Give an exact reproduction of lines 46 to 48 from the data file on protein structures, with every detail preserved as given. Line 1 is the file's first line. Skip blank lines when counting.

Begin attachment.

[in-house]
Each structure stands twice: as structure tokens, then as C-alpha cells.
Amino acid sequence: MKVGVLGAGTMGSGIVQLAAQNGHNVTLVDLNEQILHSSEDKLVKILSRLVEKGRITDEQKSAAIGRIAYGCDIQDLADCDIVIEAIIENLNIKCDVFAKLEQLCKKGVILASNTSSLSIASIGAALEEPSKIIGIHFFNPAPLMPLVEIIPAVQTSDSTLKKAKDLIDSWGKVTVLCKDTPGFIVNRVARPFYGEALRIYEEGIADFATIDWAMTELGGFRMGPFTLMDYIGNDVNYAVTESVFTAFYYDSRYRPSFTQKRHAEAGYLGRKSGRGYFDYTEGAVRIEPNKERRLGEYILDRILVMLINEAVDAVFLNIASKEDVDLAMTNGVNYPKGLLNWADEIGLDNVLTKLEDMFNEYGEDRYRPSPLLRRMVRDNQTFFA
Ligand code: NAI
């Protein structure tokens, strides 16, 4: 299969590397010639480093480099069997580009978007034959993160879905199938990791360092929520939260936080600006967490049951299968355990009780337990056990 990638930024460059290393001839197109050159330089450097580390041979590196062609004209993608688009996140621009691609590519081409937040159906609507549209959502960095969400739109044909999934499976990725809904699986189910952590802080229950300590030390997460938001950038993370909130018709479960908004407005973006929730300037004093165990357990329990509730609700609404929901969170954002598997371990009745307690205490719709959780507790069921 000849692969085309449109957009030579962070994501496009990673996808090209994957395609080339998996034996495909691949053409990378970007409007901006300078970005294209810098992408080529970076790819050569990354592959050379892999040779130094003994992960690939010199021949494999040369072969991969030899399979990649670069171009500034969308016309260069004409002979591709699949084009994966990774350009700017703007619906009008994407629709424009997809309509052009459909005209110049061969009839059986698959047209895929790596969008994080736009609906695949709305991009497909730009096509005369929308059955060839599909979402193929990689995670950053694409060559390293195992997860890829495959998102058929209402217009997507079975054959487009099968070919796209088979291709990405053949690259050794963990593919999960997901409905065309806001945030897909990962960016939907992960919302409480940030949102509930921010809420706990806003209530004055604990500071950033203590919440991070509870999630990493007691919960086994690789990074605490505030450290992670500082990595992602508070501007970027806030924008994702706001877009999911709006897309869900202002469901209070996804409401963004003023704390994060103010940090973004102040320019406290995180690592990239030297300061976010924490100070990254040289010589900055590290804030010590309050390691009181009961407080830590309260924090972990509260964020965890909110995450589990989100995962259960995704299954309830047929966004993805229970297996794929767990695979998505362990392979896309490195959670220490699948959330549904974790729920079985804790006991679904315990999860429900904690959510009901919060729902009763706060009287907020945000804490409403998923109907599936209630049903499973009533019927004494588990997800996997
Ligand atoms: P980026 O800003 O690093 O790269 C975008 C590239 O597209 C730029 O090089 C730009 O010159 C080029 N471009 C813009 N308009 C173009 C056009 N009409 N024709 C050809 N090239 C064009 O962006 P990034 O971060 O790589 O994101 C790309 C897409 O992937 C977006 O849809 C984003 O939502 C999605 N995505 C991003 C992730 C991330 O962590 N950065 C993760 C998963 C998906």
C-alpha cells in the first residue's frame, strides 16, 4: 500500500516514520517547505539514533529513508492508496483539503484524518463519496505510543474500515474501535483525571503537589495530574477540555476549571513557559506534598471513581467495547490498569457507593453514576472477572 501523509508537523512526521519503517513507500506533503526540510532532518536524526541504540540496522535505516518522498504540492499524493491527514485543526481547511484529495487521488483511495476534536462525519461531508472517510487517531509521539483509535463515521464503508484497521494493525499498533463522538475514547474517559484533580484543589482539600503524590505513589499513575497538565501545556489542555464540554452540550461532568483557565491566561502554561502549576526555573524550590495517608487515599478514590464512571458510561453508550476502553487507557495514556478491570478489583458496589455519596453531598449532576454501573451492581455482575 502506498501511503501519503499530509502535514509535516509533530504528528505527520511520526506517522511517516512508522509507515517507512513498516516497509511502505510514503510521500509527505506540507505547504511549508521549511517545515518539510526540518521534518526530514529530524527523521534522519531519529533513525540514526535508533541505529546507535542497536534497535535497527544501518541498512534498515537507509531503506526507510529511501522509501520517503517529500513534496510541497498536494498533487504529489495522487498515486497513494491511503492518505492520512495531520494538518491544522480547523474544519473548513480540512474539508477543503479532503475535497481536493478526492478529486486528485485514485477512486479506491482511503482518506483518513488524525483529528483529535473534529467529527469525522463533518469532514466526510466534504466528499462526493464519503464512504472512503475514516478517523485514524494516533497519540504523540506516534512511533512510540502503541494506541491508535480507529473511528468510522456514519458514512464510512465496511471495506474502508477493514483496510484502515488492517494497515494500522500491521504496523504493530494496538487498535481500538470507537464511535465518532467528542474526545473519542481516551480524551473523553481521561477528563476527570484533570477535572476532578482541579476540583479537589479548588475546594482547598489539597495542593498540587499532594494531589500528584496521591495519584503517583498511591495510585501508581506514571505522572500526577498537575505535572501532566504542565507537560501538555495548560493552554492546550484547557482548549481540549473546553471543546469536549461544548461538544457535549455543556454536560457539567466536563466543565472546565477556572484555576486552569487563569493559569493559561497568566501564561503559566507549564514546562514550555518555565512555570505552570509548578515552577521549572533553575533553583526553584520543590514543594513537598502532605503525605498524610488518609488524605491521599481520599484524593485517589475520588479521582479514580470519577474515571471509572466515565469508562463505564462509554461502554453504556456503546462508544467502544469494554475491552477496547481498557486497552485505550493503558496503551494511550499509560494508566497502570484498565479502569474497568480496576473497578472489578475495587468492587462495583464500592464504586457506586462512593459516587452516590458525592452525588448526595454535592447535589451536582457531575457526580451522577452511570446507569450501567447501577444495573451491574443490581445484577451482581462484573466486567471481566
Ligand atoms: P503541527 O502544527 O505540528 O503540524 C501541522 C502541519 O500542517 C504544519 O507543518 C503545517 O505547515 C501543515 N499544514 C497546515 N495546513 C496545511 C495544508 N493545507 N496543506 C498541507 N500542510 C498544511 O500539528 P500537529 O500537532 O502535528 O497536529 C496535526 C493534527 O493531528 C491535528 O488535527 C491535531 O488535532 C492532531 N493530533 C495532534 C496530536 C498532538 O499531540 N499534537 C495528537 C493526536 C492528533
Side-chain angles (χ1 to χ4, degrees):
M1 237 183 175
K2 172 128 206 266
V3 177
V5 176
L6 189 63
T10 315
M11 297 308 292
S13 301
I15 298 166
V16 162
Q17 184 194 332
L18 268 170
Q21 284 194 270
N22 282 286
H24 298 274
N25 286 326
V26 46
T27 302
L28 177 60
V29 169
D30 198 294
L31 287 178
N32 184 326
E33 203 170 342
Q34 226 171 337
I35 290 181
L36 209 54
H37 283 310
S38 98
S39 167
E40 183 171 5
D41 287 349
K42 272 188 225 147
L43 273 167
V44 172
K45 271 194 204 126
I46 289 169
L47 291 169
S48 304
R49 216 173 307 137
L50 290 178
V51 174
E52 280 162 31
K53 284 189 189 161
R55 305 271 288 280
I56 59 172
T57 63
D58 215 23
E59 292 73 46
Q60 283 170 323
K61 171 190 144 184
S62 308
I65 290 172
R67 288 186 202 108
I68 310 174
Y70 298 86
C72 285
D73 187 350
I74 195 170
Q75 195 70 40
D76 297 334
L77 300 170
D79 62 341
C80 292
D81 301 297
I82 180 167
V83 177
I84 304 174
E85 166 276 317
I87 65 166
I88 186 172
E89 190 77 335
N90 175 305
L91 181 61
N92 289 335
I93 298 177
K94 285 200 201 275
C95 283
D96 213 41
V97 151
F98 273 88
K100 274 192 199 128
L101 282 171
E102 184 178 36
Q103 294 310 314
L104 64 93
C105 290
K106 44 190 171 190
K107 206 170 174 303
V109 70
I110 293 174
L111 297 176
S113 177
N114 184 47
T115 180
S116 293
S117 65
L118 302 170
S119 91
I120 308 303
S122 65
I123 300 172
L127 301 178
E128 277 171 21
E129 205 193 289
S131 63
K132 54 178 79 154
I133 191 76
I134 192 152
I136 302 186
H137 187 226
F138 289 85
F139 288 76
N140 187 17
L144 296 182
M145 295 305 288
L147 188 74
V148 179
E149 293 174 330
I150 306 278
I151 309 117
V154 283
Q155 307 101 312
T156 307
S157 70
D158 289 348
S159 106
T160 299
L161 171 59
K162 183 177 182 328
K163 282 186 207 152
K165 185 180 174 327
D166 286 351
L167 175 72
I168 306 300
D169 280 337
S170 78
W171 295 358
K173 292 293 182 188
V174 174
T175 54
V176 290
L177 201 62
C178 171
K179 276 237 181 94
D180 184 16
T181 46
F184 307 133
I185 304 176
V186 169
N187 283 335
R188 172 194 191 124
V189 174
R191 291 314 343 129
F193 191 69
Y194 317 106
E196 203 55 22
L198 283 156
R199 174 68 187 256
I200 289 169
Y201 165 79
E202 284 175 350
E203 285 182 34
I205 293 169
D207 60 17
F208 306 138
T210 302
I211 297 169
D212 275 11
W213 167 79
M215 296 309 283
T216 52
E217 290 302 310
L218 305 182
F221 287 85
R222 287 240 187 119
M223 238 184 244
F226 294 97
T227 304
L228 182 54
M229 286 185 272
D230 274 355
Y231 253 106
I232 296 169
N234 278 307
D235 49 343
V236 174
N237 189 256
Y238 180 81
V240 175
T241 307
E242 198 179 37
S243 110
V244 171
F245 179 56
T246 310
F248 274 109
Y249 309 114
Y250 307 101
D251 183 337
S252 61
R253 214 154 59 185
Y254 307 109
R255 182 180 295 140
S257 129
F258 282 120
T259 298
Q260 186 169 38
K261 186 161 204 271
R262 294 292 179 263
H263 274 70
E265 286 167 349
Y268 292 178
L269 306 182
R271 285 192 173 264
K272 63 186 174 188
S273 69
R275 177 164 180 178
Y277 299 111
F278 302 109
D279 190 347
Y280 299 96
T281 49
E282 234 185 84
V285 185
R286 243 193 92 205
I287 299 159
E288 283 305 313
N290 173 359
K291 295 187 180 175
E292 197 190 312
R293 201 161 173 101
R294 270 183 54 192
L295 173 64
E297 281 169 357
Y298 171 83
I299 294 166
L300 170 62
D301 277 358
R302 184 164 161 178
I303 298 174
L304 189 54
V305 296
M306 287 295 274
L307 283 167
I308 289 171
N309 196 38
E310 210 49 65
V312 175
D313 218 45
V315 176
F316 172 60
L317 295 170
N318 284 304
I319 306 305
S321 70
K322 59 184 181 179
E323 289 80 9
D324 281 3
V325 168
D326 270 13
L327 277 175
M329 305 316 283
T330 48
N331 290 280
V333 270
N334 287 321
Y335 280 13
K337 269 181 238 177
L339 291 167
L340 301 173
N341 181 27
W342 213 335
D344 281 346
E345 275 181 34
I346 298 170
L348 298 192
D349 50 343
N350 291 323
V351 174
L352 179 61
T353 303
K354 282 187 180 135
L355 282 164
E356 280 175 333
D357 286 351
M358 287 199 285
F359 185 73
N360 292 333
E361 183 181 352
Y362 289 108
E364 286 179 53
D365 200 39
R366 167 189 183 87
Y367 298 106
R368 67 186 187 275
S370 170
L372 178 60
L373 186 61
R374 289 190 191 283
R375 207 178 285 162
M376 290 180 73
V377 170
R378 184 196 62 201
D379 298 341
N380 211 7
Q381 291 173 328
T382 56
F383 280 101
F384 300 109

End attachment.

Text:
I46 289 169
L47 291 169
S48 304